A few weeks ago, as a favor for a friend buying a computer, I did something unusual.
I went inside a mall.
My formative late teen age years were spent at Security Square Mall in Baltimore (named for its proximity to the headquarters of the Social Security Administration). My last job before leaving Arizona was selling cameras at Ritz in Westview Mall. Both these malls are settings for the story being told in Serial Podcast. As a kid I remember going to maybe among the oldest mall Mondawmin Mall, built in 1956 by a group led by James Rouse, who went on to build Baltimore’s Inner Harbor and Columbia, the planned city between Baltimore and Washington DC.
Since then, I go very rarely.
But they are not bad places. On this recent visit, an empty store in Sahali Mall was the location for a used book sale organized by the Kamloops Symphony.
There I picked up two slim novels by Don Delillo.
A few years ago I read Libra and perhaps White Noise, and really relished his writing style.
I am not about to give a literary analysis; there is thus place called “The Internet” where you can find a lot of these.
But some interesting similarities:
- Both stories play around with our concept of time. The opening chapter of the Body Artist is almost an excruciatingly detailed act by act of the ordinary morning routine of Lauren and Rey. In Point Omega, Richard Elster goes to the desert (some reviewers call it Arizona, but by description and narrative this is definitely in California, near Anza-Borrego) to experience slow desert time, and talks much about geological time. The opening and closing chapters take place in the art exhibit where the Man With No Name absorbs an art exhibit that slows down the movie Psycho to play over a 24 hour period.
Time is the only narrative that matters. It stretches events and makes it possible for us to suffer and come out of it and see death happen and come out of it. But not for him. He is in another structure, another culture, where time is something like itself, sheer and bare, empty of shelter.
— The Body Artist p94
He’d exchanged all that for space and time. These were things he seemed to absorb through his pores. There were the distances that enfolded every feature of the landscape and there was the force of geologic time, out there somewhere, the string grids of excavators searching for weathered bone.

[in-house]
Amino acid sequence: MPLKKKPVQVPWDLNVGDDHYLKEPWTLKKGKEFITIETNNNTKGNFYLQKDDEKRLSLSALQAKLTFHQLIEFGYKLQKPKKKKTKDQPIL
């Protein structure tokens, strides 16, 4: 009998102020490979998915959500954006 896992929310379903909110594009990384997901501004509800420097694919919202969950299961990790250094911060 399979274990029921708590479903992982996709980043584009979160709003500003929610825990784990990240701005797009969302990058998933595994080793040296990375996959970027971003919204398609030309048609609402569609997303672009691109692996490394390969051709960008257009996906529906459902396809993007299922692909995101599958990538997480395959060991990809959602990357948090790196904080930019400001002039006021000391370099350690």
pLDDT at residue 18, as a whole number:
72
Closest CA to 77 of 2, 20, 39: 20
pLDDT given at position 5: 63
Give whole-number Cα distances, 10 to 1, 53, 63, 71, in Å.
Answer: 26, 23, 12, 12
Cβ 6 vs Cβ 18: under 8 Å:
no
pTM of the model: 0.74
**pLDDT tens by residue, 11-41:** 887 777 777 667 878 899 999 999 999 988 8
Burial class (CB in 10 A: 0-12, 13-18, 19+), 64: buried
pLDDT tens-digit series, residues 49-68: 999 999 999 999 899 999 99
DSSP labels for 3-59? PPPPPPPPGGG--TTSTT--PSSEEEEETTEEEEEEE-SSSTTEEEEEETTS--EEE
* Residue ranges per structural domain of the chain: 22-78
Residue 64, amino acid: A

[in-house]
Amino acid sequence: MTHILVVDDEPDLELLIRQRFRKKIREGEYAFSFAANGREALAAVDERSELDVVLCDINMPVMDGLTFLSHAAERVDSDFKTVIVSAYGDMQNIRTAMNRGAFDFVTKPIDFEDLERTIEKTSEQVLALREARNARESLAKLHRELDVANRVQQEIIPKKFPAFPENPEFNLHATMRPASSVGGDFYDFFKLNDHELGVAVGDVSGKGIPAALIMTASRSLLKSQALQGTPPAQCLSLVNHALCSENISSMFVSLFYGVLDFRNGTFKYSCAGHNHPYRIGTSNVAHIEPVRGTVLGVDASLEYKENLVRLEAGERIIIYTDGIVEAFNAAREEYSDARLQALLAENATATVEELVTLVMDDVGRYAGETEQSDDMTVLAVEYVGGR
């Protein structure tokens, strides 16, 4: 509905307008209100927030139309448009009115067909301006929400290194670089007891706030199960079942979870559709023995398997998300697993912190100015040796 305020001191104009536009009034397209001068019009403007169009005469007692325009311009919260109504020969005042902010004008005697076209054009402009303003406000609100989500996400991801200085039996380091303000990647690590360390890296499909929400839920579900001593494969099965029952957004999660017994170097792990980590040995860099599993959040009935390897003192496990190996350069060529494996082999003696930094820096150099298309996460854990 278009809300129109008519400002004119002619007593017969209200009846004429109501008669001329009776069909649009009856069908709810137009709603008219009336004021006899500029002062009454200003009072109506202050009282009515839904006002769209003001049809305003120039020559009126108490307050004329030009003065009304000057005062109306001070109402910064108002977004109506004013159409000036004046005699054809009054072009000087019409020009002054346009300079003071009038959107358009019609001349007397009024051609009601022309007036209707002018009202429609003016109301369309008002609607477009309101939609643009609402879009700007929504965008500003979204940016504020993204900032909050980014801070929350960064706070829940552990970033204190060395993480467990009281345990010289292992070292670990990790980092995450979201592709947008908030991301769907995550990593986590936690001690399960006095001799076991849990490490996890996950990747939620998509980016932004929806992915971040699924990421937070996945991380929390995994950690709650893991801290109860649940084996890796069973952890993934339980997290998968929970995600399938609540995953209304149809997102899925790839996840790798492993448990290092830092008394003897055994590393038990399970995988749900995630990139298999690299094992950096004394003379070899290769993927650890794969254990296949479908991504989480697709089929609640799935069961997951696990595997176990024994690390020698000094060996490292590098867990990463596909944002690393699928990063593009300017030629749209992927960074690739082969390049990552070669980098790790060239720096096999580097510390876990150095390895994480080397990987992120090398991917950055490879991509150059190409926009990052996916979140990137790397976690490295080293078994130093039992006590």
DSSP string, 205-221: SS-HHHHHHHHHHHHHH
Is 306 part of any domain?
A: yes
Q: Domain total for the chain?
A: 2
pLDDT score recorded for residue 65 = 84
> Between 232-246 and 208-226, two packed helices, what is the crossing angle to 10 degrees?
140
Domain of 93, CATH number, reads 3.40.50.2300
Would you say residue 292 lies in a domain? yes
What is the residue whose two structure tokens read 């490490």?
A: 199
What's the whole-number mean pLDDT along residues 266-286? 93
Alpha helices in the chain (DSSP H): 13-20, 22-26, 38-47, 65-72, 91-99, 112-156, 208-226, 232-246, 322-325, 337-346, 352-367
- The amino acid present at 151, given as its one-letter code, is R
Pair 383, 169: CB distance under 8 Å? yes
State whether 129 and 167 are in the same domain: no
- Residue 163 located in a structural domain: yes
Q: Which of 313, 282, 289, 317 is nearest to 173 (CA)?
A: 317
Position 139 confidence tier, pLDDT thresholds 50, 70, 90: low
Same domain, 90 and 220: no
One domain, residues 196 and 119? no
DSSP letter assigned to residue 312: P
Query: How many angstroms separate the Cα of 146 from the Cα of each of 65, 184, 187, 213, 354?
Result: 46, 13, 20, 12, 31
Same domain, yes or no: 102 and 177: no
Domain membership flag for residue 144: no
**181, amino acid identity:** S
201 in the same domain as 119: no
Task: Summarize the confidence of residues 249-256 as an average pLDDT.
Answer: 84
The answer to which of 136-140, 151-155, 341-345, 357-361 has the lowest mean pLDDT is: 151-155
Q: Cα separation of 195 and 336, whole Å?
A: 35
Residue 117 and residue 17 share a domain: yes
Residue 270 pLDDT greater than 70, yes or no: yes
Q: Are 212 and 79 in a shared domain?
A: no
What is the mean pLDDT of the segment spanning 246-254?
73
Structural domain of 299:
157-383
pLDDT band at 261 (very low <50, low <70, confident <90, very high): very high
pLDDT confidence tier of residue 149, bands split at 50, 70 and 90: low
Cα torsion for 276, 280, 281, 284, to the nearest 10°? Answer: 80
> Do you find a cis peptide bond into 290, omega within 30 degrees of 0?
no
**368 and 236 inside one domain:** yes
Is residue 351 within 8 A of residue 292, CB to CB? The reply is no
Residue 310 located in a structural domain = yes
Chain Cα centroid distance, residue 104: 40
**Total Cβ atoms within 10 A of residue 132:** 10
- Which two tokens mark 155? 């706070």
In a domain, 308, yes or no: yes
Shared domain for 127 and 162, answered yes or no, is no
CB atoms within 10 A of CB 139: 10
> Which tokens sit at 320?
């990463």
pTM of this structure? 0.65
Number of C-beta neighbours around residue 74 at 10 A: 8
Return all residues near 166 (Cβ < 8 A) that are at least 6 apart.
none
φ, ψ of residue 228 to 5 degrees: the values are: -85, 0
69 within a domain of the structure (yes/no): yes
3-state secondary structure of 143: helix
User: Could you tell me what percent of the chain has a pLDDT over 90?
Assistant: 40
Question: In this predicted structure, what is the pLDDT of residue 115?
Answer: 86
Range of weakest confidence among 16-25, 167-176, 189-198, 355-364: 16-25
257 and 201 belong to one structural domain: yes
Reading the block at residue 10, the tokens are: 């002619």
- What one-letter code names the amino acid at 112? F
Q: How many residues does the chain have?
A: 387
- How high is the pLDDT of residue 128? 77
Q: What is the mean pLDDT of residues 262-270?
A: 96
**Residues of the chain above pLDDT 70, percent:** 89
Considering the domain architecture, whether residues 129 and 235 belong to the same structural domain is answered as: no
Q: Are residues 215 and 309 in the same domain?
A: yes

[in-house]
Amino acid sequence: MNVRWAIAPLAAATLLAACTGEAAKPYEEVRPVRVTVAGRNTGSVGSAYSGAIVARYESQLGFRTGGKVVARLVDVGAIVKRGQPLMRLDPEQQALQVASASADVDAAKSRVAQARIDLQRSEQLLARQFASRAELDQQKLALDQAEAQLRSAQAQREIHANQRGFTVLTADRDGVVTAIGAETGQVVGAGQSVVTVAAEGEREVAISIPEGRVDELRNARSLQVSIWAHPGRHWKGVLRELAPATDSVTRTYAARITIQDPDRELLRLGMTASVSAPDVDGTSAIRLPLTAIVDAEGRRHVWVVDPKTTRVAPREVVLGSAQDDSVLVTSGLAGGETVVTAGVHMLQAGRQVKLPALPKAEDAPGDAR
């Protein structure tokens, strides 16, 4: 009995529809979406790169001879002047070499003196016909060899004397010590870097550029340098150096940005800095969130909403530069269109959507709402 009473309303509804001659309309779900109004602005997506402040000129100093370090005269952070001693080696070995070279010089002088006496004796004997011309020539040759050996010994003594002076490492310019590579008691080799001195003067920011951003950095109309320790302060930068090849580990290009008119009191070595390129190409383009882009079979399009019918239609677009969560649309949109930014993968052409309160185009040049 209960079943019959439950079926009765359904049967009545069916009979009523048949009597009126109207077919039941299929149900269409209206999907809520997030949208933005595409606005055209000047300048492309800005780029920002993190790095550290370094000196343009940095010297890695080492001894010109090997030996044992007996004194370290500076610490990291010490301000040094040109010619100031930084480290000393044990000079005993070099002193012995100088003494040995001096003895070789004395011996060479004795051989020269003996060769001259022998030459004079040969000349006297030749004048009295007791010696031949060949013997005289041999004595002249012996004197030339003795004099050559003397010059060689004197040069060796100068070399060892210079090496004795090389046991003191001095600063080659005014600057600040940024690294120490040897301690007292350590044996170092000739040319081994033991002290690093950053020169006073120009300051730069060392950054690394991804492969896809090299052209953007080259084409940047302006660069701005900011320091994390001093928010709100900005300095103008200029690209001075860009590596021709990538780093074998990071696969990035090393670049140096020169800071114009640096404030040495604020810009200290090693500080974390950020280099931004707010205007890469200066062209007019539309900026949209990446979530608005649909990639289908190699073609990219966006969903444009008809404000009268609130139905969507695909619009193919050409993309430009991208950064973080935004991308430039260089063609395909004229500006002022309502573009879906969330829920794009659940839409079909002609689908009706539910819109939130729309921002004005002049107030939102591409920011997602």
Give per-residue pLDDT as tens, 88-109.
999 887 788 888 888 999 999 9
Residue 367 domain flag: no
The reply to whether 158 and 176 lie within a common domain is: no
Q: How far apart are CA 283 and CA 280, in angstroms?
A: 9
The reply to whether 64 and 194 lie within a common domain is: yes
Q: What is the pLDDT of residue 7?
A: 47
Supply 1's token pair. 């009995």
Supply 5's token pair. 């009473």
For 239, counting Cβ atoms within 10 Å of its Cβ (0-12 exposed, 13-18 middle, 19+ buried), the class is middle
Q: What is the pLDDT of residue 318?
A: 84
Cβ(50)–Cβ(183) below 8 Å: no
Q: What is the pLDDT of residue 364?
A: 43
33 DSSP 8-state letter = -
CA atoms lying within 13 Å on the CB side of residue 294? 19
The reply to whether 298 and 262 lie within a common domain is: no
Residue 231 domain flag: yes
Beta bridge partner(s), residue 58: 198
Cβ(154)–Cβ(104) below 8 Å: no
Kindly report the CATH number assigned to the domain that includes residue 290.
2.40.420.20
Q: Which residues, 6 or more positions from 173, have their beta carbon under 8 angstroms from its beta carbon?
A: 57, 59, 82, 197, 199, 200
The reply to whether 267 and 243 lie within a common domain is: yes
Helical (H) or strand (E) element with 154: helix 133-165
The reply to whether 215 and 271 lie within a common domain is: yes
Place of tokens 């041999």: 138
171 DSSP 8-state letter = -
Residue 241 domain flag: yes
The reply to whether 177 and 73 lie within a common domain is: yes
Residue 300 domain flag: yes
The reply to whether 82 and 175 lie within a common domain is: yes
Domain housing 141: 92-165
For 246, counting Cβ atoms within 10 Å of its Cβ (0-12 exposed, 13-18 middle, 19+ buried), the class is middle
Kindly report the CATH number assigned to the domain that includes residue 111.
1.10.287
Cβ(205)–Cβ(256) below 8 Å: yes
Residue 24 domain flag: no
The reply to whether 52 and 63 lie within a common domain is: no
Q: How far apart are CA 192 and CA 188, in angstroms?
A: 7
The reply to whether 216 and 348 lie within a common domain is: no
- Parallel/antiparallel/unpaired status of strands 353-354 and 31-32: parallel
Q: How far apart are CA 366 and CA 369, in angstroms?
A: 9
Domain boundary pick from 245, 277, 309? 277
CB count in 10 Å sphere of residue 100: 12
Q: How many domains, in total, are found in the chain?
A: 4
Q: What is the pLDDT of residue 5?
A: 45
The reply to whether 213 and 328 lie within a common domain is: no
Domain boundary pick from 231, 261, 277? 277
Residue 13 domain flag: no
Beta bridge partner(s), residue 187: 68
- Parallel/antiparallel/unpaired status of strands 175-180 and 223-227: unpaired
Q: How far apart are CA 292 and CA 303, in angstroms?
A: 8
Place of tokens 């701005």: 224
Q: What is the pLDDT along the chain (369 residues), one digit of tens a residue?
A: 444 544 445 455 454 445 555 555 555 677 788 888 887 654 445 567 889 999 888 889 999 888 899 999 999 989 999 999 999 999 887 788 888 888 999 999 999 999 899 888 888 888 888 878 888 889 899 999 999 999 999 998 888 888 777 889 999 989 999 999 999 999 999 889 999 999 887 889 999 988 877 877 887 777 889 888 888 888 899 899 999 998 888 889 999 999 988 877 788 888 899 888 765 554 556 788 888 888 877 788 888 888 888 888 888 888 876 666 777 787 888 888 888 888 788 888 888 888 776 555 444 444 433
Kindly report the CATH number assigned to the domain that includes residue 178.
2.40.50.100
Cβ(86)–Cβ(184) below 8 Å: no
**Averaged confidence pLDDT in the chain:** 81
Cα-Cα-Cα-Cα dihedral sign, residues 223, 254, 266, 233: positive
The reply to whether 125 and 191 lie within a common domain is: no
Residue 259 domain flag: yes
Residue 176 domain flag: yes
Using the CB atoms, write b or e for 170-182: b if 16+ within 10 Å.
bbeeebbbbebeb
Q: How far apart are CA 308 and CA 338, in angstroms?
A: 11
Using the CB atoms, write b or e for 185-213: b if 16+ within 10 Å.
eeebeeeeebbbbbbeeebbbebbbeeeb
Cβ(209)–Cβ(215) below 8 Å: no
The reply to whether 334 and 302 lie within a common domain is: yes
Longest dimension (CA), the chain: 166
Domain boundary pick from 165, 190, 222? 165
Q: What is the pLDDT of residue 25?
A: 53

— Point Omega p 19
I have to admit the setting in Point Omega speaks to me because of my long stint living in Arizona.
- Both stories involve people dealing with incredible personal loss.
- Both stories have characters that seem rather under developed, or semi transparent. Lauren narrates in a sparse manner that jumps around, but also repeats motifs like always touching the newel (the stairway post). I wonder too about the repeated description of birds, they have a meaning too (life fleeting??) In Point Omega, narrator Jim Finley spills out his own story more in small doses. Both stories have almost ghostly or mystery ones- Mr Tuttle may not be real in The Body Artist, and Jessica is an enigma mostly described by other people.
- Both stories weave narratives that bob and weave a plot line, and are only somewhat wrapped together in the last chapter. And its never a neat package.
- Both stories involve people invested in older media forms– the tape recorder of The Body Artist and film in Point Omega
There’s probably more I could pick out; these are stories that do not end neatly. They leave you trying to weave through it and find the layers of meaning. I am sure people may hate them because it’s not the neat Freytag pyramid of story shape.
The post "DeLillo Double Time" was originally pulled from under moldy cheese at the back of the fridge at CogDogBlog (https://cogdogblog.com/2014/11/delillo-double-time/) on November 30, 2014.